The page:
Same is true for Olympus which does the same on M43, without trying anything in FF. So your statement *might* be true for *some* manufacturers but as far as I'm concerned there is no proof for that.


And as always in equivalence discussions for me the most important thing is to define what is kept constant and what is being varied when making statements about the effect of different formats. Examples of these variables (that can either be kept constant or varied are (and some are interdependent): focal length, entry pupil, angle of view, viewing size, aperture value, iso, shutter speed, EV etc. etc.)

Edited by pegelli - 08 January 2019 at 11:44
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Jonas A-R View Drop Down
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Post Options Post Options   Quote Jonas A-R Quote  Post ReplyReply Direct Link To This Post Posted: 08 January 2019 at 11:50
Originally posted by Miranda F Miranda F wrote:

It is disappointing to see the same old lies, half-truths and misunderstandings being perpetuated in a document that purports to be scientific. An example:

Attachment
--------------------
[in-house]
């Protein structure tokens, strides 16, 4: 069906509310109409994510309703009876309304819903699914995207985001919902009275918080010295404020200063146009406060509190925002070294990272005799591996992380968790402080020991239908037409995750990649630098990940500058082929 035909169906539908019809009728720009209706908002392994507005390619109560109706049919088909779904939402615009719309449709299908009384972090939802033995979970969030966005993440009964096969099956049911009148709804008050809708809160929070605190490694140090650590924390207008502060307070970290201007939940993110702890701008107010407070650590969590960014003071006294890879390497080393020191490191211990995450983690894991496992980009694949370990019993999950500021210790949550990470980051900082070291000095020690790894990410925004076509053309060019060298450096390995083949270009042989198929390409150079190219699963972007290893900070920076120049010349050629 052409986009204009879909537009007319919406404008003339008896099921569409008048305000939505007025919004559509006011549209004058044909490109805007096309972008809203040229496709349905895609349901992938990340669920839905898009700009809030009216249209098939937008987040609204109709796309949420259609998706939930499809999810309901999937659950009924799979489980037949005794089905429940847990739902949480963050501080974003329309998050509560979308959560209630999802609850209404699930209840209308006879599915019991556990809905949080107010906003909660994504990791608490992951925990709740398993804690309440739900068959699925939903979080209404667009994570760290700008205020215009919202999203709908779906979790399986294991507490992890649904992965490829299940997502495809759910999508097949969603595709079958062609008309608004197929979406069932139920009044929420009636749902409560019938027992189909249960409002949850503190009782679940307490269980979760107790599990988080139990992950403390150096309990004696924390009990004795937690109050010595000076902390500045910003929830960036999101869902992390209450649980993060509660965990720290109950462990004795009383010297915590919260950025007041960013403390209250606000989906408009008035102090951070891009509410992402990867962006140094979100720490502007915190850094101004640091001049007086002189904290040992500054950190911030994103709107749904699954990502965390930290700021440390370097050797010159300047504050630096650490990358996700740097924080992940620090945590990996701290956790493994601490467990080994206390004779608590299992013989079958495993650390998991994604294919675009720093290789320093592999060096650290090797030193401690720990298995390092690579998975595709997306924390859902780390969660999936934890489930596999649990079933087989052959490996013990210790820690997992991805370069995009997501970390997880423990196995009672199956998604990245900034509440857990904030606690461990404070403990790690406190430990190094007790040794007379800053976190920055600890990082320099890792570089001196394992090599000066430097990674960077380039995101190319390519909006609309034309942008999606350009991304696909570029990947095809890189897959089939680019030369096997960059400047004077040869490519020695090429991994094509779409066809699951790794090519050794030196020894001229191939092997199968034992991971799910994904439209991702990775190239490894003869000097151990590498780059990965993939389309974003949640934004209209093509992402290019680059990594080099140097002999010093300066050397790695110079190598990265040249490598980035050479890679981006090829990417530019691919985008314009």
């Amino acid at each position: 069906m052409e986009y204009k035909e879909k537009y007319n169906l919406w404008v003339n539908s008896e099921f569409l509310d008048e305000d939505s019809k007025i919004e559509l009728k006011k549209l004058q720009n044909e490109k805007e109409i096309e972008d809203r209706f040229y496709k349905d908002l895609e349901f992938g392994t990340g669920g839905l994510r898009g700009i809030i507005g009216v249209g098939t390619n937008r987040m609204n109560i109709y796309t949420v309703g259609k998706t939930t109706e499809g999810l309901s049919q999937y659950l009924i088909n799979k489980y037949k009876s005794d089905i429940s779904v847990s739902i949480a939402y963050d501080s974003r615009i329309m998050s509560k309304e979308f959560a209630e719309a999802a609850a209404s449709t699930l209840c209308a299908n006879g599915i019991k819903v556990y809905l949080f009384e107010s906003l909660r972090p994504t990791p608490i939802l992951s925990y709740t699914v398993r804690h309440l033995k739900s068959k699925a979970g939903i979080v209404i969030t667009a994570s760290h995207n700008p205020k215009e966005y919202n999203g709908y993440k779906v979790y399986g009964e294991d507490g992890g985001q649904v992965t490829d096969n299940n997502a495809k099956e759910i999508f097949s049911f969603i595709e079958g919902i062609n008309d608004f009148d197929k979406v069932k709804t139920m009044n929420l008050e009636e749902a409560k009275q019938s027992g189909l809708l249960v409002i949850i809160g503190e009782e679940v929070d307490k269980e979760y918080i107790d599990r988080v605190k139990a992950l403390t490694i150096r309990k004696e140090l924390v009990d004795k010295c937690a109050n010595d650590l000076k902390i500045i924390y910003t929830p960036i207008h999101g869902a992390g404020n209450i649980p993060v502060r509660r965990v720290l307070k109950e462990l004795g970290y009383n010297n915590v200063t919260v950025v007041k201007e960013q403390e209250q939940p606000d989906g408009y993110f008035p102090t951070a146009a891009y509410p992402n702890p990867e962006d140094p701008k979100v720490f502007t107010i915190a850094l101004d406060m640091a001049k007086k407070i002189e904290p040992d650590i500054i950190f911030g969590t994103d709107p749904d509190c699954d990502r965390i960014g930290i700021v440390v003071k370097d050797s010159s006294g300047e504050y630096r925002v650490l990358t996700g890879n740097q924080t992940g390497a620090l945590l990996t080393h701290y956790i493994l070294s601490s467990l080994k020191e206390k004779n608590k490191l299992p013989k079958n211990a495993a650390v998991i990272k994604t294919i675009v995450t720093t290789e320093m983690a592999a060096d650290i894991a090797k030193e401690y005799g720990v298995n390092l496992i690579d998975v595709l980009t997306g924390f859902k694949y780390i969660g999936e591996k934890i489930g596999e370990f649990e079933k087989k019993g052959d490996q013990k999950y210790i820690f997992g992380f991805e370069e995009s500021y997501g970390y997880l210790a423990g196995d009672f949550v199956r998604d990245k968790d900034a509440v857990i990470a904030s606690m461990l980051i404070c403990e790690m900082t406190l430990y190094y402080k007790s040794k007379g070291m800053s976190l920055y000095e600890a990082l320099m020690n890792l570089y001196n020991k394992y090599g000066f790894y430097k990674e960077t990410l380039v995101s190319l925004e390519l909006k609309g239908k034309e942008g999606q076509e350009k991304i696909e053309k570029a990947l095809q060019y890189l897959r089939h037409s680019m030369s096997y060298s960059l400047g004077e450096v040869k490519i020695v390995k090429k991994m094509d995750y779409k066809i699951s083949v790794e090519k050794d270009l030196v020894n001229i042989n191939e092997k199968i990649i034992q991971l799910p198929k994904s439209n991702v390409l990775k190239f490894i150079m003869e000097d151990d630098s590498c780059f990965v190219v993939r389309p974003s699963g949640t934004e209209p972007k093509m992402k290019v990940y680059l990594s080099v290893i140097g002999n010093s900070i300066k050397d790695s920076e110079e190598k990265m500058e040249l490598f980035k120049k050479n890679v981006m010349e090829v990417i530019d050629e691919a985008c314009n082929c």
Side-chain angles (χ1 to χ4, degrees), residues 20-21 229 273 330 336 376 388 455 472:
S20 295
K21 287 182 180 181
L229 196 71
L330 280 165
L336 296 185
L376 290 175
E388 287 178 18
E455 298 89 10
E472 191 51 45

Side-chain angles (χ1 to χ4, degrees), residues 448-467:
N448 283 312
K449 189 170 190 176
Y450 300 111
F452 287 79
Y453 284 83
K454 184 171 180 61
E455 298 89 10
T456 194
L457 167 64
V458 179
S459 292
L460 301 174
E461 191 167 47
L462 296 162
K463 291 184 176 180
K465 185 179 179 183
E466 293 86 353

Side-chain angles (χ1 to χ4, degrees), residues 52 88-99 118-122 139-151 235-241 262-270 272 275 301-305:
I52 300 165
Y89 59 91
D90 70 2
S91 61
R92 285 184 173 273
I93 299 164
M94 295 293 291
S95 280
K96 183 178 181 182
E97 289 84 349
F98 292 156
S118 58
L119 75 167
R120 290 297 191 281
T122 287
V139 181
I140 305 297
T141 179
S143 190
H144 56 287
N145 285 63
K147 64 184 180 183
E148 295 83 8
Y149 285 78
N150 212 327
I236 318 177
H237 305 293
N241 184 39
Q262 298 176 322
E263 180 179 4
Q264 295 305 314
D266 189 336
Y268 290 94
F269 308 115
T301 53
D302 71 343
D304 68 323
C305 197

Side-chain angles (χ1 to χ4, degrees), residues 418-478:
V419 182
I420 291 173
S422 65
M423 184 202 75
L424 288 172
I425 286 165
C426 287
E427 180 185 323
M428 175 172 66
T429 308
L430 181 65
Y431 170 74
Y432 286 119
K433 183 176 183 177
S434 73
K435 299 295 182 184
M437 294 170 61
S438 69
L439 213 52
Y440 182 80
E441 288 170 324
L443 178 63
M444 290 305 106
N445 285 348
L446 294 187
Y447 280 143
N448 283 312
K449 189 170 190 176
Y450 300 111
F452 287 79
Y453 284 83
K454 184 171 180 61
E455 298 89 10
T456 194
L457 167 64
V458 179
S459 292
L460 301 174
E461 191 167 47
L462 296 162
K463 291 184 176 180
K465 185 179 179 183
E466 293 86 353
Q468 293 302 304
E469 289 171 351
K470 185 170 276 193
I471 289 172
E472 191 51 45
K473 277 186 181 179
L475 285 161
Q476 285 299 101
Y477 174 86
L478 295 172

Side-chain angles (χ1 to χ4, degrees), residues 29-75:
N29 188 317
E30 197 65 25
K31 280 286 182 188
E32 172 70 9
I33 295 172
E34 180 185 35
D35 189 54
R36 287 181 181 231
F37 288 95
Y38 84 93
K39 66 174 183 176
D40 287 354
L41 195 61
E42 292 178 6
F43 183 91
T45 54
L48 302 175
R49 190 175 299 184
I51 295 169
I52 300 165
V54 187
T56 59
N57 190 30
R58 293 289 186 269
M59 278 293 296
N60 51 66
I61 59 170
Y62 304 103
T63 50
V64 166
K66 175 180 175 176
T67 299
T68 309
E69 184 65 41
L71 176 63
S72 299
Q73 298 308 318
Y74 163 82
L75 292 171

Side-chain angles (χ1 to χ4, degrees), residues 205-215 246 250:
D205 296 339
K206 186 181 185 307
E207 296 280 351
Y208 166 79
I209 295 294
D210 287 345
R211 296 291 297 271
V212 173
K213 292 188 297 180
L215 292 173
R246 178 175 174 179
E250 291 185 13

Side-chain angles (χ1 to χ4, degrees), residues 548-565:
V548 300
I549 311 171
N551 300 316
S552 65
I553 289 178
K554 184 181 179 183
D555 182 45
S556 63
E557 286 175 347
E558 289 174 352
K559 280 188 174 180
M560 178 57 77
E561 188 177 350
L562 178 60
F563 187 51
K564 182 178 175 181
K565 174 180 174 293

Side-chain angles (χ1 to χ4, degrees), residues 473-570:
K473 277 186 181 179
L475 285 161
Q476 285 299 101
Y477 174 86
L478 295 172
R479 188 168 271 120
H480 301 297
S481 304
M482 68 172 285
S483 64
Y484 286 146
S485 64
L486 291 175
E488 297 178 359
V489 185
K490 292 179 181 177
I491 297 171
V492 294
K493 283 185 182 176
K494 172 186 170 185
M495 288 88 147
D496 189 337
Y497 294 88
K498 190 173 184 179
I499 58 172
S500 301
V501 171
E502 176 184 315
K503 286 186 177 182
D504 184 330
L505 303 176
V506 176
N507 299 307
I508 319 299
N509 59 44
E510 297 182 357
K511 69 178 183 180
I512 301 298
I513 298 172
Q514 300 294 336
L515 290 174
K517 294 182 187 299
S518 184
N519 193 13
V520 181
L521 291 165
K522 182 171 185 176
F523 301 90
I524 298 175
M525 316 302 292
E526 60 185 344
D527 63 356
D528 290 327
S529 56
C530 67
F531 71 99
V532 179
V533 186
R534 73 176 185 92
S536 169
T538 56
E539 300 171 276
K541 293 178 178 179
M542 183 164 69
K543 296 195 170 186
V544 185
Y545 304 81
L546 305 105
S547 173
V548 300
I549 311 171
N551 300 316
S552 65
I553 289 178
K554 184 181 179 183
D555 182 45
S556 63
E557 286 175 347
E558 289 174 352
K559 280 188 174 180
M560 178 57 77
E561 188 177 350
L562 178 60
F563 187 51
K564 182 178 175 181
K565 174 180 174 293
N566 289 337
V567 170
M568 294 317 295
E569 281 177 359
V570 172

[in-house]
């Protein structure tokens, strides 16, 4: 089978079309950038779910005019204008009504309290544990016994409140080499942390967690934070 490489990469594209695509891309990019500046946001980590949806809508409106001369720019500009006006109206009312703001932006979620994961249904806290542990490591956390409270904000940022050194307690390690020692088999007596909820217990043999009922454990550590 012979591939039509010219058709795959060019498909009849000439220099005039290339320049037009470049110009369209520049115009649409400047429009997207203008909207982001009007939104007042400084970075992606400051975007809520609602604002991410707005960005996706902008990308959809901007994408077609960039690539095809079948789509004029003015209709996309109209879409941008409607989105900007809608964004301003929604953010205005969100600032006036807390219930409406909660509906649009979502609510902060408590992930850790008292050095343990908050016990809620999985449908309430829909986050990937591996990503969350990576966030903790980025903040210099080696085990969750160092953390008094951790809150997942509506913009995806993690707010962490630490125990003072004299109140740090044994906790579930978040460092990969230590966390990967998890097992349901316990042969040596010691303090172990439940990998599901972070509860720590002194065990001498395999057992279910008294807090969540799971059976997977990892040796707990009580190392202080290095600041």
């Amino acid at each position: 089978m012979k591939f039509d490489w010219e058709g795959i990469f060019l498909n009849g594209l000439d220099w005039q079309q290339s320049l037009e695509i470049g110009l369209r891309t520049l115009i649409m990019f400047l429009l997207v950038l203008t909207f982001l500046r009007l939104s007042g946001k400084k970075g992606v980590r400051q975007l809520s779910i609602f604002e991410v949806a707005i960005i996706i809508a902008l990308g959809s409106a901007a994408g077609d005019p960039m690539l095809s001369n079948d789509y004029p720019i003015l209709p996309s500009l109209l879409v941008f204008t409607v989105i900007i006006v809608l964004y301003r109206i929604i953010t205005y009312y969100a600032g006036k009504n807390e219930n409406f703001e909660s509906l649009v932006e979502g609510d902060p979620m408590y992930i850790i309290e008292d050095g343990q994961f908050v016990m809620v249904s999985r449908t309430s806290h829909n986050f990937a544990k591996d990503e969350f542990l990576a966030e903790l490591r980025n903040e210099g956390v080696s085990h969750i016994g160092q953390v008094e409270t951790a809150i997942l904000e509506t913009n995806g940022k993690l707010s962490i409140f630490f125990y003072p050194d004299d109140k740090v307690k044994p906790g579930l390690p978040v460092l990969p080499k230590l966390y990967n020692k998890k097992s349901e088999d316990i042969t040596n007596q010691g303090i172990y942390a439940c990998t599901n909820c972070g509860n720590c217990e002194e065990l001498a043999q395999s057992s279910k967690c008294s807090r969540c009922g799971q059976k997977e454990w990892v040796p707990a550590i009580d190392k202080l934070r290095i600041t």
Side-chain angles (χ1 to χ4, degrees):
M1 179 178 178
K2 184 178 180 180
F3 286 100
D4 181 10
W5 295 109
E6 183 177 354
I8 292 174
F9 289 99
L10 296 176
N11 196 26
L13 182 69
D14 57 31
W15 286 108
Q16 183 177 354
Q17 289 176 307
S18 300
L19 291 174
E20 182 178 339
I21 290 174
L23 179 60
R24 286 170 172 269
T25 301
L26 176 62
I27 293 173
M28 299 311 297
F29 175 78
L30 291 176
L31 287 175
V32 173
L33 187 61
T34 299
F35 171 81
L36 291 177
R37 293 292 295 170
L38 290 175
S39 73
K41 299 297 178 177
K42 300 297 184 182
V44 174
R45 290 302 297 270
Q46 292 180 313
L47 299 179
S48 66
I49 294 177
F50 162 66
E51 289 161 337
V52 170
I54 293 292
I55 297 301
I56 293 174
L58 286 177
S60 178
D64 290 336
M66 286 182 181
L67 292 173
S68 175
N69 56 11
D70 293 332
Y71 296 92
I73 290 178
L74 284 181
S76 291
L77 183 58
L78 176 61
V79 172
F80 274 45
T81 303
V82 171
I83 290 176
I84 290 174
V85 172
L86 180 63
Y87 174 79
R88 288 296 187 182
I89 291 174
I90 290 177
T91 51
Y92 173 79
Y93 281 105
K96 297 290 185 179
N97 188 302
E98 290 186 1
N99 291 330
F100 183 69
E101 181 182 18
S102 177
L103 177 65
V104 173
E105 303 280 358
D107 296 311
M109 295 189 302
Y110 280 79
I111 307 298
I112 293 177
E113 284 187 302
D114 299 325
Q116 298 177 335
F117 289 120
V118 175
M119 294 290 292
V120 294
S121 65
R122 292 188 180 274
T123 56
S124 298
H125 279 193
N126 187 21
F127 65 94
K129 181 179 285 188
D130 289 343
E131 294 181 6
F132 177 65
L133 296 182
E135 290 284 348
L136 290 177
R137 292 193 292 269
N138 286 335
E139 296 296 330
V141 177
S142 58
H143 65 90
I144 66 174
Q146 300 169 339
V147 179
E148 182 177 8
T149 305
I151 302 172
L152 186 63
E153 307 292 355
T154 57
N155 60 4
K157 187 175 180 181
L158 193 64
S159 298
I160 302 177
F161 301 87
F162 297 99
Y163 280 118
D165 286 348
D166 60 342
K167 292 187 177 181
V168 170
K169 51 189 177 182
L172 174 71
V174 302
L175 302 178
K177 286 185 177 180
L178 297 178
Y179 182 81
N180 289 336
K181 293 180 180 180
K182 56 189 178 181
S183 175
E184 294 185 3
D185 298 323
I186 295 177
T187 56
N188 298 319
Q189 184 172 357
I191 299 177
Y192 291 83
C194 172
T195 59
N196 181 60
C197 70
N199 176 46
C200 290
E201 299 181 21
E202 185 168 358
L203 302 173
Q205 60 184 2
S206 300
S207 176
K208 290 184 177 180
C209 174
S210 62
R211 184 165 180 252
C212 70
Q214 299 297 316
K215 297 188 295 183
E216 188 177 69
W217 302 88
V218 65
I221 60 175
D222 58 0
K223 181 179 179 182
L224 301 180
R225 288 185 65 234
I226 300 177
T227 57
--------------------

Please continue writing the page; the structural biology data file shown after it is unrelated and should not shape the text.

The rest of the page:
"Equivalent photos are produced using the same amount of light. However, a larger format has the capability of collecting more light than a smaller format. This offers additional photographic capability such as a shallower possible DoF (for the same perspective, AFoV and shutter speed). When this additional capability is utilized, the smaller format will be unable to produce an equivalent photo. Therefore, equivalence theory can be used to determine the maximum photographic capability of a smaller format in relation to a larger one"]